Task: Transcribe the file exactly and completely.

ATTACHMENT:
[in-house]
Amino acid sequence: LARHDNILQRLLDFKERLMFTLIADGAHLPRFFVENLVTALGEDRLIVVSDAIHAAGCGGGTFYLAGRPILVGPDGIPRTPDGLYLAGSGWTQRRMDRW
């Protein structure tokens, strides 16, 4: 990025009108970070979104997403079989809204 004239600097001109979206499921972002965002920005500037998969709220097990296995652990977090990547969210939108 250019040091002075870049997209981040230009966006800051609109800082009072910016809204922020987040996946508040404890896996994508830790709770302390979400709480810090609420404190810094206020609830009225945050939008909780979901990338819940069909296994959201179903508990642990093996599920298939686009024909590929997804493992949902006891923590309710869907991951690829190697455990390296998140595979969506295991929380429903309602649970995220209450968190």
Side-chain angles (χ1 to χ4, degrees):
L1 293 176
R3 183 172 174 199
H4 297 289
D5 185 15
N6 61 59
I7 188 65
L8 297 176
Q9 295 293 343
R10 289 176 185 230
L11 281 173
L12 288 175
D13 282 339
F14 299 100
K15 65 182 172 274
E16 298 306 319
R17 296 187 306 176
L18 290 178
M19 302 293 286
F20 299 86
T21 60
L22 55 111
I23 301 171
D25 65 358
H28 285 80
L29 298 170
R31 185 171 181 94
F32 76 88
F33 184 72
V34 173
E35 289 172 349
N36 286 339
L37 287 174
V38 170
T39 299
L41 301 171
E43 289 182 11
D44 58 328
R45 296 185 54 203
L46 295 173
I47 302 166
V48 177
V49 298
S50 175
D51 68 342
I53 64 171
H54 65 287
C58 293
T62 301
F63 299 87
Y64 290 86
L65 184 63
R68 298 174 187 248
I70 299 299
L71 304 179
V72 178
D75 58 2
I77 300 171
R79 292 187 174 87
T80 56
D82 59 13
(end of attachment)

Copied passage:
[in-house]
Amino acid sequence: LARHDNILQRLLDFKERLMFTLIADGAHLPRFFVENLVTALGEDRLIVVSDAIHAAGCGGGTFYLAGRPILVGPDGIPRTPDGLYLAGSGWTQRRMDRW
């Protein structure tokens, strides 16, 4: 990025009108970070979104997403079989809204 004239600097001109979206499921972002965002920005500037998969709220097990296995652990977090990547969210939108 250019040091002075870049997209981040230009966006800051609109800082009072910016809204922020987040996946508040404890896996994508830790709770302390979400709480810090609420404190810094206020609830009225945050939008909780979901990338819940069909296994959201179903508990642990093996599920298939686009024909590929997804493992949902006891923590309710869907991951690829190697455990390296998140595979969506295991929380429903309602649970995220209450968190």
Side-chain angles (χ1 to χ4, degrees):
L1 293 176
R3 183 172 174 199
H4 297 289
D5 185 15
N6 61 59
I7 188 65
L8 297 176
Q9 295 293 343
R10 289 176 185 230
L11 281 173
L12 288 175
D13 282 339
F14 299 100
K15 65 182 172 274
E16 298 306 319
R17 296 187 306 176
L18 290 178
M19 302 293 286
F20 299 86
T21 60
L22 55 111
I23 301 171
D25 65 358
H28 285 80
L29 298 170
R31 185 171 181 94
F32 76 88
F33 184 72
V34 173
E35 289 172 349
N36 286 339
L37 287 174
V38 170
T39 299
L41 301 171
E43 289 182 11
D44 58 328
R45 296 185 54 203
L46 295 173
I47 302 166
V48 177
V49 298
S50 175
D51 68 342
I53 64 171
H54 65 287
C58 293
T62 301
F63 299 87
Y64 290 86
L65 184 63
R68 298 174 187 248
I70 299 299
L71 304 179
V72 178
D75 58 2
I77 300 171
R79 292 187 174 87
T80 56
D82 59 13